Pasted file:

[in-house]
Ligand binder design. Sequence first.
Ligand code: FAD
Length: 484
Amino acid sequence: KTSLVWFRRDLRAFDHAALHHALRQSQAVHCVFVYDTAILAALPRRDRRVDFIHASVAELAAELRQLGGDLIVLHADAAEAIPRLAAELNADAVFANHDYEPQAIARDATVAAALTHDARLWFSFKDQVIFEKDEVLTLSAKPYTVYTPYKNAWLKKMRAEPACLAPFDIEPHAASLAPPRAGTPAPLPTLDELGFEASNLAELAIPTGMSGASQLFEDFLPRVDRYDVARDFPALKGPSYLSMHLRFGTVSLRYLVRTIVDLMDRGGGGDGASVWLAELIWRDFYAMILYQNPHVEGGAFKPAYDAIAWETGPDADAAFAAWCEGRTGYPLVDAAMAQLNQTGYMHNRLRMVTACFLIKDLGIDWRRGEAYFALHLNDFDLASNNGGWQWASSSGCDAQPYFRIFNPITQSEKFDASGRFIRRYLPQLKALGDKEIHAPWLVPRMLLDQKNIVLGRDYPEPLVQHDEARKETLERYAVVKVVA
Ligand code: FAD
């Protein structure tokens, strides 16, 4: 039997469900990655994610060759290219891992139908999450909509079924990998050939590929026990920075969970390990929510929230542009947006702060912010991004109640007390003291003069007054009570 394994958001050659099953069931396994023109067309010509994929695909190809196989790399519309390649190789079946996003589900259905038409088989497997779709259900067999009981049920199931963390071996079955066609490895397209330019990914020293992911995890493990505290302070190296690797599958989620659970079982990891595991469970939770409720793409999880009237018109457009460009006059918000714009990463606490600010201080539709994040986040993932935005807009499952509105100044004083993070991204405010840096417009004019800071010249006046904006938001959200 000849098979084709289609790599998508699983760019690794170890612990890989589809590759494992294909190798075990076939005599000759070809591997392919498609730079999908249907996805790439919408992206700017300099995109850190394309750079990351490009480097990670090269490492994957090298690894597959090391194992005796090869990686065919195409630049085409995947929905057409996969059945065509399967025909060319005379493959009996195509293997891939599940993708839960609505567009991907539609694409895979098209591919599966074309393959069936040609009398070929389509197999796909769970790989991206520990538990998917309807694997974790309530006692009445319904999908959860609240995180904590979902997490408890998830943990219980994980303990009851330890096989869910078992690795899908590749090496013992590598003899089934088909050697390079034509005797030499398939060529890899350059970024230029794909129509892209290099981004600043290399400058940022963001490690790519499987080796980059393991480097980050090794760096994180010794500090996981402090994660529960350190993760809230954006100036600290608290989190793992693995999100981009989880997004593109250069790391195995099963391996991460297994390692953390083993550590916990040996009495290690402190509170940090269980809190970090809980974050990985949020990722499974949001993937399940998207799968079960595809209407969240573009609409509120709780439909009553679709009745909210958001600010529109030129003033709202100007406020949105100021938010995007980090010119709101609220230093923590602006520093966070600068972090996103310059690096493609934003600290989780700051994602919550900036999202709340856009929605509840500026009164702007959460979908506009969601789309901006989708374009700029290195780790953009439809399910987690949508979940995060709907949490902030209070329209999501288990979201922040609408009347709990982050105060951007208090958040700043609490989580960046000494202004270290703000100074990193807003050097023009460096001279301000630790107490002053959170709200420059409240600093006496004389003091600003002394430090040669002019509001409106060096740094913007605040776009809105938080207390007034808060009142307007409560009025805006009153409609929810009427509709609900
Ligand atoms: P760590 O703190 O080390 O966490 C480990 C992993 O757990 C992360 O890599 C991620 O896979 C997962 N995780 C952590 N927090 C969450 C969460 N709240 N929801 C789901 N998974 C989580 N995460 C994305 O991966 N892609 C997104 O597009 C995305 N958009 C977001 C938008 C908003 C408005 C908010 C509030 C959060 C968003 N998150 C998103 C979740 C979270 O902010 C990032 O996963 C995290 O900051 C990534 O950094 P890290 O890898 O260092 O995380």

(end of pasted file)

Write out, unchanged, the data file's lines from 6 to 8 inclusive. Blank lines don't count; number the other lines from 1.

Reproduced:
Ligand code: FAD
């Protein structure tokens, strides 16, 4: 039997469900990655994610060759290219891992139908999450909509079924990998050939590929026990920075969970390990929510929230542009947006702060912010991004109640007390003291003069007054009570 394994958001050659099953069931396994023109067309010509994929695909190809196989790399519309390649190789079946996003589900259905038409088989497997779709259900067999009981049920199931963390071996079955066609490895397209330019990914020293992911995890493990505290302070190296690797599958989620659970079982990891595991469970939770409720793409999880009237018109457009460009006059918000714009990463606490600010201080539709994040986040993932935005807009499952509105100044004083993070991204405010840096417009004019800071010249006046904006938001959200 000849098979084709289609790599998508699983760019690794170890612990890989589809590759494992294909190798075990076939005599000759070809591997392919498609730079999908249907996805790439919408992206700017300099995109850190394309750079990351490009480097990670090269490492994957090298690894597959090391194992005796090869990686065919195409630049085409995947929905057409996969059945065509399967025909060319005379493959009996195509293997891939599940993708839960609505567009991907539609694409895979098209591919599966074309393959069936040609009398070929389509197999796909769970790989991206520990538990998917309807694997974790309530006692009445319904999908959860609240995180904590979902997490408890998830943990219980994980303990009851330890096989869910078992690795899908590749090496013992590598003899089934088909050697390079034509005797030499398939060529890899350059970024230029794909129509892209290099981004600043290399400058940022963001490690790519499987080796980059393991480097980050090794760096994180010794500090996981402090994660529960350190993760809230954006100036600290608290989190793992693995999100981009989880997004593109250069790391195995099963391996991460297994390692953390083993550590916990040996009495290690402190509170940090269980809190970090809980974050990985949020990722499974949001993937399940998207799968079960595809209407969240573009609409509120709780439909009553679709009745909210958001600010529109030129003033709202100007406020949105100021938010995007980090010119709101609220230093923590602006520093966070600068972090996103310059690096493609934003600290989780700051994602919550900036999202709340856009929605509840500026009164702007959460979908506009969601789309901006989708374009700029290195780790953009439809399910987690949508979940995060709907949490902030209070329209999501288990979201922040609408009347709990982050105060951007208090958040700043609490989580960046000494202004270290703000100074990193807003050097023009460096001279301000630790107490002053959170709200420059409240600093006496004389003091600003002394430090040669002019509001409106060096740094913007605040776009809105938080207390007034808060009142307007409560009025805006009153409609929810009427509709609900
Ligand atoms: P760590 O703190 O080390 O966490 C480990 C992993 O757990 C992360 O890599 C991620 O896979 C997962 N995780 C952590 N927090 C969450 C969460 N709240 N929801 C789901 N998974 C989580 N995460 C994305 O991966 N892609 C997104 O597009 C995305 N958009 C977001 C938008 C908003 C408005 C908010 C509030 C959060 C968003 N998150 C998103 C979740 C979270 O902010 C990032 O996963 C995290 O900051 C990534 O950094 P890290 O890898 O260092 O995380």